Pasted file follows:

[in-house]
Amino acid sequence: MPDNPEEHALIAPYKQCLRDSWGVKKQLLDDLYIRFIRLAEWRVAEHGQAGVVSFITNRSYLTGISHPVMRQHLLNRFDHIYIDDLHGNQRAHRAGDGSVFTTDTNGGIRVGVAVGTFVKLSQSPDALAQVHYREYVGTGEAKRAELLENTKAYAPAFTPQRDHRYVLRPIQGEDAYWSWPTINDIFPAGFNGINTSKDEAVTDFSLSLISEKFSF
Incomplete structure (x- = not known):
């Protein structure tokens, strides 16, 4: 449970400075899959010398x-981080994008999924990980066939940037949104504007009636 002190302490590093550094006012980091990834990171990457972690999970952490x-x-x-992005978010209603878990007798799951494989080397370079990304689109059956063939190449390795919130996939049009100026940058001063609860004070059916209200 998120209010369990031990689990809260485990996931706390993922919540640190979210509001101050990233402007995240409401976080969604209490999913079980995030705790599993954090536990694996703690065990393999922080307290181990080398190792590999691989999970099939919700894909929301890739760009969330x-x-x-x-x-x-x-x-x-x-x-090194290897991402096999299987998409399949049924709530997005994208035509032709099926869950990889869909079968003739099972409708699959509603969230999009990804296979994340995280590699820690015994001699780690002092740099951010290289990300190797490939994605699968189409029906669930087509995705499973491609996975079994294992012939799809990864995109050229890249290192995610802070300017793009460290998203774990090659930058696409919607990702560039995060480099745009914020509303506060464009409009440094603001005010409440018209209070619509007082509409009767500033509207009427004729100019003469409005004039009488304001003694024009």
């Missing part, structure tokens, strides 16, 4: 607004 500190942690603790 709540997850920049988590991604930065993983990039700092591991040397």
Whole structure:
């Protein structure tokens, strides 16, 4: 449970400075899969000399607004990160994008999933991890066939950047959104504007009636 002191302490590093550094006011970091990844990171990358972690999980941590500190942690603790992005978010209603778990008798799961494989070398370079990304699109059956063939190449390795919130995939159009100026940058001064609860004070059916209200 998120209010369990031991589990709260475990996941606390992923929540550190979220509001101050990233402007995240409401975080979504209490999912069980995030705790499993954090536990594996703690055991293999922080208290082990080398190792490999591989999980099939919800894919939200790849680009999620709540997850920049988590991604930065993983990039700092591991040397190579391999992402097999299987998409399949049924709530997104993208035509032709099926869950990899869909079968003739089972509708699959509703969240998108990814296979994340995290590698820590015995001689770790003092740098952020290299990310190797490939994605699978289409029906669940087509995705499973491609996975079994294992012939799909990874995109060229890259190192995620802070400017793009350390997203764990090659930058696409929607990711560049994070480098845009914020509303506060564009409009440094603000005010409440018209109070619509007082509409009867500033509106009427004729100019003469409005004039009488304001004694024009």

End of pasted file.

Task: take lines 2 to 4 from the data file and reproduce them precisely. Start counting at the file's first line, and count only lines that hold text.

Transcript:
Amino acid sequence: MPDNPEEHALIAPYKQCLRDSWGVKKQLLDDLYIRFIRLAEWRVAEHGQAGVVSFITNRSYLTGISHPVMRQHLLNRFDHIYIDDLHGNQRAHRAGDGSVFTTDTNGGIRVGVAVGTFVKLSQSPDALAQVHYREYVGTGEAKRAELLENTKAYAPAFTPQRDHRYVLRPIQGEDAYWSWPTINDIFPAGFNGINTSKDEAVTDFSLSLISEKFSF
Incomplete structure (x- = not known):
């Protein structure tokens, strides 16, 4: 449970400075899959010398x-981080994008999924990980066939940037949104504007009636 002190302490590093550094006012980091990834990171990457972690999970952490x-x-x-992005978010209603878990007798799951494989080397370079990304689109059956063939190449390795919130996939049009100026940058001063609860004070059916209200 998120209010369990031990689990809260485990996931706390993922919540640190979210509001101050990233402007995240409401976080969604209490999913079980995030705790599993954090536990694996703690065990393999922080307290181990080398190792590999691989999970099939919700894909929301890739760009969330x-x-x-x-x-x-x-x-x-x-x-090194290897991402096999299987998409399949049924709530997005994208035509032709099926869950990889869909079968003739099972409708699959509603969230999009990804296979994340995280590699820690015994001699780690002092740099951010290289990300190797490939994605699968189409029906669930087509995705499973491609996975079994294992012939799809990864995109050229890249290192995610802070300017793009460290998203774990090659930058696409919607990702560039995060480099745009914020509303506060464009409009440094603001005010409440018209209070619509007082509409009767500033509207009427004729100019003469409005004039009488304001003694024009």